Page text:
Reese is staging this plea at the right time: Guardians Of The Galaxy - a comic featuring characters with none of the fame or visibility of Deadpool - just went on to become one of Marvel's biggest cinematic success stories. Through Disney, Marvel was able to sell the general moviegoing public on Ronan The Accuser, The Collector and Groot. Why couldn't Fox do the same with the Merc With A Mouth?
If you can recall, Reynolds basically played a beta-version of Deadpool in X-Men Origins: Wolverine. As mercenary Wade Wilson, he shows up, cracks some jokes, vanishes for an hour, then returns with a mouth carved shut and new, bizarre abilities. Not only was the new Deadpool script not at all related to the previous film, but it openly mocked the character's strange treatment by Fox executives.
If Fox wants to extend the brand for years (as is the plan), they are going to have to continue to develop the versions of the X-Men characters introduced in Matthew Vaughn’s X-Men: First Class.
The X-Men series holds infinite mutant possibilities for a number of strong characters. And while The Fantastic Four are just re-starting their mythos, the core group have several satellite affiliations that could make the transition from the page to the silver screen.
If anyone tells you that comic books are just for kids then you can be sure that that person doesn’t actually read comic books. Even in the typically-child friendly world of superheroes there are plenty of books filled with sex, violence, profanity and other material meant to appeal to adults and adults alone.
Remember back when X-Men Origins: Wolverine suggested that Fox would tell other origin stories? As bad as Origins was, I still believe in the idea.
“Everybody has a different idea as to how you’re supposed to do it, and for me, it’s been tough because it comes and goes like the tide…I never know where it is.” Sounds like he’s just dripping with positivity, right?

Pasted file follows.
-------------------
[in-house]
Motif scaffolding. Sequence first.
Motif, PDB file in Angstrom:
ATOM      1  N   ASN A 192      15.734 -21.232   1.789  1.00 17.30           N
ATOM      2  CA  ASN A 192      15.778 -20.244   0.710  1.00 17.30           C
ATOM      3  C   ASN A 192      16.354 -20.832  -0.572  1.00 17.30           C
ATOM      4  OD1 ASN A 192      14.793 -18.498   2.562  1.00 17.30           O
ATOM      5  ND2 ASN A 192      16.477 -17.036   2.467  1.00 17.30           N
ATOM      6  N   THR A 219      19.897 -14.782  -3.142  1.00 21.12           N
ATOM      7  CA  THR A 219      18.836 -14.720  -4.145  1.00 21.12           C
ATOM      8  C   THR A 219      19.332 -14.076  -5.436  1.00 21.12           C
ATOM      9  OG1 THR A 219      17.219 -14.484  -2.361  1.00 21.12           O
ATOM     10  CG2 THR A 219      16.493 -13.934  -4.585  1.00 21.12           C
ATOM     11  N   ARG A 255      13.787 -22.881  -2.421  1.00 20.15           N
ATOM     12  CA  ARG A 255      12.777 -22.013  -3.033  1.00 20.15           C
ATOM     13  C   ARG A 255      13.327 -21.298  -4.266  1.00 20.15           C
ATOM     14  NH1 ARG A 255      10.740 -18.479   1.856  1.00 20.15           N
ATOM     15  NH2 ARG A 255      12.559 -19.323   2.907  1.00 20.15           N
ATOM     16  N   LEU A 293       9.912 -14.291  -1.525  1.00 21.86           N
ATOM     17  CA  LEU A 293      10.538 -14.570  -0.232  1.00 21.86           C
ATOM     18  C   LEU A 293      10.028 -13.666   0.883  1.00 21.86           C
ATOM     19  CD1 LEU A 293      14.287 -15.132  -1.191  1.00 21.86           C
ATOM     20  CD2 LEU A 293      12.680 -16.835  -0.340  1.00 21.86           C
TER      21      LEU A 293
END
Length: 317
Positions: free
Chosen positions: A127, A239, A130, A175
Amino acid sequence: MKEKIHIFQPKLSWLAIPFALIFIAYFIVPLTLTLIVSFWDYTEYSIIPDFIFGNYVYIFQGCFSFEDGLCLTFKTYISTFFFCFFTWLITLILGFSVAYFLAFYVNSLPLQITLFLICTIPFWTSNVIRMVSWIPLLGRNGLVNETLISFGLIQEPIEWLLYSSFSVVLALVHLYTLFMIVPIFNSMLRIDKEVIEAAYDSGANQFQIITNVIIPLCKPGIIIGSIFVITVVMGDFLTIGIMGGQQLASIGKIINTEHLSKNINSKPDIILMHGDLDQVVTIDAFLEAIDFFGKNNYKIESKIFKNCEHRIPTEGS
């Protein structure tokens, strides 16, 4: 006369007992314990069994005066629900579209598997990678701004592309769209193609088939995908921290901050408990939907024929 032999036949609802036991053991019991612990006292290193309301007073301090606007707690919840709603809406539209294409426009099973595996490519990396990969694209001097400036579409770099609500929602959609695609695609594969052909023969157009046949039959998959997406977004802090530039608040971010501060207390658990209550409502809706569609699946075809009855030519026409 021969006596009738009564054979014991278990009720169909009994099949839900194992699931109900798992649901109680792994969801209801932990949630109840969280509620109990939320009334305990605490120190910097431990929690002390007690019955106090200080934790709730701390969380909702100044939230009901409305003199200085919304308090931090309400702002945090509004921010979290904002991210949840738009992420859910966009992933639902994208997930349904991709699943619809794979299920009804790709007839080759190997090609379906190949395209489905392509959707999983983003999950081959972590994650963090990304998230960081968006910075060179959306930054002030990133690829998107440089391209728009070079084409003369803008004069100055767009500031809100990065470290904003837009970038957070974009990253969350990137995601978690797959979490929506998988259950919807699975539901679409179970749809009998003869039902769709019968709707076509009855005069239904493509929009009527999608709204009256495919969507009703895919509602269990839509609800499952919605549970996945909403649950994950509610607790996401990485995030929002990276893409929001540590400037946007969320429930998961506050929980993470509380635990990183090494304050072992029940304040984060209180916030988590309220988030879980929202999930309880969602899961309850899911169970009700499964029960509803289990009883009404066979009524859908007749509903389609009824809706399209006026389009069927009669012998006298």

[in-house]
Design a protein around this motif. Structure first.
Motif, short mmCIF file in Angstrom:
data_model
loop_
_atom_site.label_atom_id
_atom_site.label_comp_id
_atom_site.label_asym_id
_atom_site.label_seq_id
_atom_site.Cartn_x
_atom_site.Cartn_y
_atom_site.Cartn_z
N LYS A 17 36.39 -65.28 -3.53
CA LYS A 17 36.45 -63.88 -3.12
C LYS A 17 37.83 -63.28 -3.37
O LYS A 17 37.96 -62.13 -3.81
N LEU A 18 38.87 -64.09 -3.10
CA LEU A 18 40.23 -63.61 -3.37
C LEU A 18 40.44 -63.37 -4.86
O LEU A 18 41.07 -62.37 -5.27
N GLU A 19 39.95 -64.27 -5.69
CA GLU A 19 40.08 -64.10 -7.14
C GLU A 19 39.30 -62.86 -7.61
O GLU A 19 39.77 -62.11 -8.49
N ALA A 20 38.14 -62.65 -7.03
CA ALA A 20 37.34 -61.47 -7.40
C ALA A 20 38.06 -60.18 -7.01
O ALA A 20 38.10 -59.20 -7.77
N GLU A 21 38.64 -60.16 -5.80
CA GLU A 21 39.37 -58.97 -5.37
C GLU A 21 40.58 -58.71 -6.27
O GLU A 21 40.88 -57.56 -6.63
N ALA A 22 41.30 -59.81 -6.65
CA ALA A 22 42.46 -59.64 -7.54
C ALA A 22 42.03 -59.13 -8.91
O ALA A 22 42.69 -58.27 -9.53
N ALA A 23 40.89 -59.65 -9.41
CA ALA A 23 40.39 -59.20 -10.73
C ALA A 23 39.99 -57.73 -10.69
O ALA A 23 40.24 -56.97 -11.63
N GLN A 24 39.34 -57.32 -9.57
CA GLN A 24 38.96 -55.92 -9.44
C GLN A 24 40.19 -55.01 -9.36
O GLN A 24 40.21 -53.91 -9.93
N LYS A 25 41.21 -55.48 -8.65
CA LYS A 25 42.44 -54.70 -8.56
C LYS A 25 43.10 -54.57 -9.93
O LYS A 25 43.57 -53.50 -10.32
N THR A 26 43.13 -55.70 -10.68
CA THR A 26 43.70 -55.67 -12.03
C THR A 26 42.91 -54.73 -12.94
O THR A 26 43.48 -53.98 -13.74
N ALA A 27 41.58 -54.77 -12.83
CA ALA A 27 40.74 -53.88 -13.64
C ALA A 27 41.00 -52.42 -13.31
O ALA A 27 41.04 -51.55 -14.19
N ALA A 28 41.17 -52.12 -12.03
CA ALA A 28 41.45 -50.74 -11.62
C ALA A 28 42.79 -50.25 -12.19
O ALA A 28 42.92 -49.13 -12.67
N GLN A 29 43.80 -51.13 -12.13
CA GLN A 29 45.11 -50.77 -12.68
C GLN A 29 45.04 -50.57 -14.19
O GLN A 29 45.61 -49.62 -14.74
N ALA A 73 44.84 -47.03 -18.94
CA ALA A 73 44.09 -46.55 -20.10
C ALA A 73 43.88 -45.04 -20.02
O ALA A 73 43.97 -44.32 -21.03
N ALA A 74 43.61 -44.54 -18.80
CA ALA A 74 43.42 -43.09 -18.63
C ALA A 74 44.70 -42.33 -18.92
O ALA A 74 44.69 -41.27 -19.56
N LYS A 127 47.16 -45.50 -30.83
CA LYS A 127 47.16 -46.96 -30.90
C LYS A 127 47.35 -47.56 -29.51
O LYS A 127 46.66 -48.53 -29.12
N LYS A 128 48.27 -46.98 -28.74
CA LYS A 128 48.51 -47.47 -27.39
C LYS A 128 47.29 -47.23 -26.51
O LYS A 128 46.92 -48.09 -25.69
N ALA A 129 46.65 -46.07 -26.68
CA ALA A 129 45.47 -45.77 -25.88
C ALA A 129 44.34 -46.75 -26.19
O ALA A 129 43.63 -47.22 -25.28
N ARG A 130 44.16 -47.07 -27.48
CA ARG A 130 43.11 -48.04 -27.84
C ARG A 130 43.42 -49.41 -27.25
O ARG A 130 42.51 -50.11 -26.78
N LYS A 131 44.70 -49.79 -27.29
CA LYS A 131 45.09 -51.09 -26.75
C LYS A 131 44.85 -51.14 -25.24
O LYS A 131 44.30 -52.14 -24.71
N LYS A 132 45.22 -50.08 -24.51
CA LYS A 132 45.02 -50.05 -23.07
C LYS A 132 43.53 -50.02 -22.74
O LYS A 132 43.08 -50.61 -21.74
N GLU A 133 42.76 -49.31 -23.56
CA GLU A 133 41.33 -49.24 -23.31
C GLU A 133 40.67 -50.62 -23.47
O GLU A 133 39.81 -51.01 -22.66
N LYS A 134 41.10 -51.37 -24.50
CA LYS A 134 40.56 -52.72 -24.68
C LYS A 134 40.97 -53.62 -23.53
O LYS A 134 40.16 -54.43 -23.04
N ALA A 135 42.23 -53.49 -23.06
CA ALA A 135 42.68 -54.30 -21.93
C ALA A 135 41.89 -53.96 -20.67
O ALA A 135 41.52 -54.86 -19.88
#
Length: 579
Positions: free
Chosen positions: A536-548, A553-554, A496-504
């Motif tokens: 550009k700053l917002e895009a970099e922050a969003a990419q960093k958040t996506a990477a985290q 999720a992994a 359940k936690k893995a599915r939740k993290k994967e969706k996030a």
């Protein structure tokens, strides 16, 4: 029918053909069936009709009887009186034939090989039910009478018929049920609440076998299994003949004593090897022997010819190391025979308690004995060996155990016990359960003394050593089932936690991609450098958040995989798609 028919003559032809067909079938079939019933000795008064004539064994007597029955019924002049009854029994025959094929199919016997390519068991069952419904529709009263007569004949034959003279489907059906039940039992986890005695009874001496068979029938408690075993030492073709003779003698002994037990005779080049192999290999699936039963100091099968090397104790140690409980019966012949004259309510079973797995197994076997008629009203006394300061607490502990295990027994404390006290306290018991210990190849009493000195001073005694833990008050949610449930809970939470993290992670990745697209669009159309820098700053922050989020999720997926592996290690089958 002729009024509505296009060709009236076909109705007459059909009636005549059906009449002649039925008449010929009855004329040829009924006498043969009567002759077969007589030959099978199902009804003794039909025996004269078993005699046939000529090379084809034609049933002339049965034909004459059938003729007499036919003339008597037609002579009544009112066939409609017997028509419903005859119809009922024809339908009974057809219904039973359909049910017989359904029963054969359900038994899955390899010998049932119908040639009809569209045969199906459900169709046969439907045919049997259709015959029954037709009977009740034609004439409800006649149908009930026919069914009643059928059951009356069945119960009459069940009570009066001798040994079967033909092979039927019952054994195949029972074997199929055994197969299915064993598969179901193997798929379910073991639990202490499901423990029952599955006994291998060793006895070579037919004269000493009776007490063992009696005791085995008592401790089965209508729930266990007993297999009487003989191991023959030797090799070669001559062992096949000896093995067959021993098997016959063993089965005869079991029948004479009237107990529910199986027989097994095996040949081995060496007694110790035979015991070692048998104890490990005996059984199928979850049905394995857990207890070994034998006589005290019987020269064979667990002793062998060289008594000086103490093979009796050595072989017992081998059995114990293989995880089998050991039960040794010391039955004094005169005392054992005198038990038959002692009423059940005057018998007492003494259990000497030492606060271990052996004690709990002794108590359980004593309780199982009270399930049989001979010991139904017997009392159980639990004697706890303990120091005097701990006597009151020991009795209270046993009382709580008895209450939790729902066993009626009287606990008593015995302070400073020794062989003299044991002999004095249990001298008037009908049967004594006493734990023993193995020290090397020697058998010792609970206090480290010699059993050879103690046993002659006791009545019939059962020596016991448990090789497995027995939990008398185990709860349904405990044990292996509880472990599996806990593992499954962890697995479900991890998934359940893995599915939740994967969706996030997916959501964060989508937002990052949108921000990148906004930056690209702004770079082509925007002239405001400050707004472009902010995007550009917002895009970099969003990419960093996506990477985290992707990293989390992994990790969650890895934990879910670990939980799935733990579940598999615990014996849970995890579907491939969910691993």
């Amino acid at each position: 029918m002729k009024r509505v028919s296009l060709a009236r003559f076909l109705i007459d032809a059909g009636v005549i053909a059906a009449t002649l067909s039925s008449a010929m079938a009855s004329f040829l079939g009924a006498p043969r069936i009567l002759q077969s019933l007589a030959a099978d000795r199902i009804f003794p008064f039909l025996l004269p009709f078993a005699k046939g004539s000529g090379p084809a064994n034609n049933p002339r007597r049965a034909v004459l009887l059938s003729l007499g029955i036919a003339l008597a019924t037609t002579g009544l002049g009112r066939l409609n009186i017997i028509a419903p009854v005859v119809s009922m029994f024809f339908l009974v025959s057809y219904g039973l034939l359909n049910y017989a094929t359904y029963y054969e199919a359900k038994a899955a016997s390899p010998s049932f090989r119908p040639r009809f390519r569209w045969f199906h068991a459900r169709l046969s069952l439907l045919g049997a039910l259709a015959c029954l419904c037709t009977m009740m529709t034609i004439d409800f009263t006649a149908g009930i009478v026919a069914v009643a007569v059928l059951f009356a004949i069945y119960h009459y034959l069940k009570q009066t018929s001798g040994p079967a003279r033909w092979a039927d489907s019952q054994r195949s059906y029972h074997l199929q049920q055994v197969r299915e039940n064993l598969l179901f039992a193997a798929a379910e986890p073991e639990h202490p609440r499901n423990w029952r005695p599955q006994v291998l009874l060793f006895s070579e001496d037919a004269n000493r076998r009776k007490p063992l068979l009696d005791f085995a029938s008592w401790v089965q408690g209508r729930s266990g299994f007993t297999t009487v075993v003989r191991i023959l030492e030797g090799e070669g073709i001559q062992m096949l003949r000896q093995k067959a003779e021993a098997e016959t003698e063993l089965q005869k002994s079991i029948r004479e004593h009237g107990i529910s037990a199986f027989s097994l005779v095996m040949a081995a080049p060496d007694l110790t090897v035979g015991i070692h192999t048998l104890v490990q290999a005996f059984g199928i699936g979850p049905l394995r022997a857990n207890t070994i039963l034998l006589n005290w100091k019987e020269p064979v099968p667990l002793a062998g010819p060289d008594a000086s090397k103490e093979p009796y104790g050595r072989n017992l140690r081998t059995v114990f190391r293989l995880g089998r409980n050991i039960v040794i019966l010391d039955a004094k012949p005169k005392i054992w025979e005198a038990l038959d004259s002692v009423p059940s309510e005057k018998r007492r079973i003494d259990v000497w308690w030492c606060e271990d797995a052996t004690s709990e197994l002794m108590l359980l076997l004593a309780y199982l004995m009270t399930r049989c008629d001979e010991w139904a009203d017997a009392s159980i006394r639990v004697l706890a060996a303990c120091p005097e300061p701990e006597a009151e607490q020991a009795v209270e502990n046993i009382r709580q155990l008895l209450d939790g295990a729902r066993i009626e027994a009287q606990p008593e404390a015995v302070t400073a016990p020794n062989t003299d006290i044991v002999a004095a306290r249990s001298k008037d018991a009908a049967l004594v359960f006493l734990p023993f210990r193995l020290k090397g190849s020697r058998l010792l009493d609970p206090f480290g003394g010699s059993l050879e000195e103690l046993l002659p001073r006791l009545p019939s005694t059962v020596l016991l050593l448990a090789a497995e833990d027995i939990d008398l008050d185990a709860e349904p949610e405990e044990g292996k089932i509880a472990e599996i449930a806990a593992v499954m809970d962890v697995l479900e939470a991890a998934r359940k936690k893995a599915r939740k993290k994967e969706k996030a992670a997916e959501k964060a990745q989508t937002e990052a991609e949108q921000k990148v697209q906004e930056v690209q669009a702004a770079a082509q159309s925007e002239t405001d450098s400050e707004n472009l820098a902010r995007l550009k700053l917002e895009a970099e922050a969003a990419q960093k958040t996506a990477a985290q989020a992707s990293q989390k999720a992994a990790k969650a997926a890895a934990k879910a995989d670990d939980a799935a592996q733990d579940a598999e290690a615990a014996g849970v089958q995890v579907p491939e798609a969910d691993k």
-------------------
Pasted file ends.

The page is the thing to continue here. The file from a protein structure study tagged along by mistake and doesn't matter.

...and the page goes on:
Said Wernick, "We're hoping Kick-Ass 2 does great because that could open people's eyes to the audience that an R-rated comic book movie can bring in."
Despite making $219 million worldwide, the big budget CGI spectacle (that cost a whopping $200 mil to make) was loathed by critics, some of whom are big fans of the comics in their own right. This contributed to the decline of Reynolds' prospects as a viable leading man. And he has no interest in making the same mistake twice. Well, "very little" interest anyway.
We here at Cinema Blend often talk of projects trapped in development hell, be it Ghostbusters IIIor the long awaited Janis Joplin biopic, but one that we find ourselves cheering on regularly is the comic book movie Deadpool. While the film has many pieces already in place - including a star (Ryan Reynolds), a script (written by Paul Wernick and Rhett Reese) and a director (Tim Miller) - 20th Century has never seemed to be 100% committed to it, despite loud fan outcry.
We've come to terms with the fact that we will probably never get to see a real Deadpool movie. Despite the fact that 20th Century Fox has a brilliant script written by Paul Wernick and Rhett Reese, Ryan Reynolds set to star and up-and-coming director Tim Miller attached to helm, the movie has been stuck in development hell for years now and the chances of it escaping grow slimmer by the day.
Sometimes fans or even the filmmakers themselves will try to keep hope alive and drop hints about how the movies might happen, but at a certain point you just have to stop kidding yourselves. We've found 11 movies that were anticipating at one point for whatever reason, but with all the evidence in front of us, we have to conclude will never happen
We came up with six superheroes who deserved a feature-length film before we were asked to endure another Ghost Rider film. Some are mighty beings with sequels or franchise reboots in the creative pipeline. Others were mistreated in previous films, and are begging for a second chance.
It's been a long time since we last heard anything new on the Deadpool front, and that's not exactly good news. When I spoke with producer Lauren Schuler Donner this past fall at an event for the Blu-ray release of X-Men: First Class, she told me that the future of the project would be decided by the end of the year. It is now 2012 and the future of Deadpool is still undecided.
Okay, so it's not a perfect trailer but it's definitely entertaining and clearly made by someone that understands that character (Chimichangas, anyone?). I always like to see fanmade trailers because even if they are silly and poorly edited, it's a sign of passion and that should be encouraged. And who knows: maybe it will encourage the execs over at 20th Century Fox to push even harder to get the real film made.